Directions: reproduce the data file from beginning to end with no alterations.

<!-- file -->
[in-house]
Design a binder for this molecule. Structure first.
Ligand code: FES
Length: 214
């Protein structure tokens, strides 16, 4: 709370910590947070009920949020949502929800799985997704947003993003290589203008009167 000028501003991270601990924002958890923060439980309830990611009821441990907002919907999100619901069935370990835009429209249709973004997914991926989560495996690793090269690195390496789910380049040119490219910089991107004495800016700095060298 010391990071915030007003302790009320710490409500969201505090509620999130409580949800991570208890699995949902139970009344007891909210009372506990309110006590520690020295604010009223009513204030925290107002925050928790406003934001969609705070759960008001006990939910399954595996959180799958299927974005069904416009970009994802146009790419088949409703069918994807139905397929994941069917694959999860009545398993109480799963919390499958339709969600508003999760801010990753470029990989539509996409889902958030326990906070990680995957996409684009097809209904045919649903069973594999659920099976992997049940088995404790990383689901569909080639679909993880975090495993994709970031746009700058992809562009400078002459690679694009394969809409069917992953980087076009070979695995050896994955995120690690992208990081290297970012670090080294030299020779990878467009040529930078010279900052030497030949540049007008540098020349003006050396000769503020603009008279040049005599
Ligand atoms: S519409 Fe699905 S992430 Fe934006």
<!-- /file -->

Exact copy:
[in-house]
Design a binder for this molecule. Structure first.
Ligand code: FES
Length: 214
């Protein structure tokens, strides 16, 4: 709370910590947070009920949020949502929800799985997704947003993003290589203008009167 000028501003991270601990924002958890923060439980309830990611009821441990907002919907999100619901069935370990835009429209249709973004997914991926989560495996690793090269690195390496789910380049040119490219910089991107004495800016700095060298 010391990071915030007003302790009320710490409500969201505090509620999130409580949800991570208890699995949902139970009344007891909210009372506990309110006590520690020295604010009223009513204030925290107002925050928790406003934001969609705070759960008001006990939910399954595996959180799958299927974005069904416009970009994802146009790419088949409703069918994807139905397929994941069917694959999860009545398993109480799963919390499958339709969600508003999760801010990753470029990989539509996409889902958030326990906070990680995957996409684009097809209904045919649903069973594999659920099976992997049940088995404790990383689901569909080639679909993880975090495993994709970031746009700058992809562009400078002459690679694009394969809409069917992953980087076009070979695995050896994955995120690690992208990081290297970012670090080294030299020779990878467009040529930078010279900052030497030949540049007008540098020349003006050396000769503020603009008279040049005599
Ligand atoms: S519409 Fe699905 S992430 Fe934006």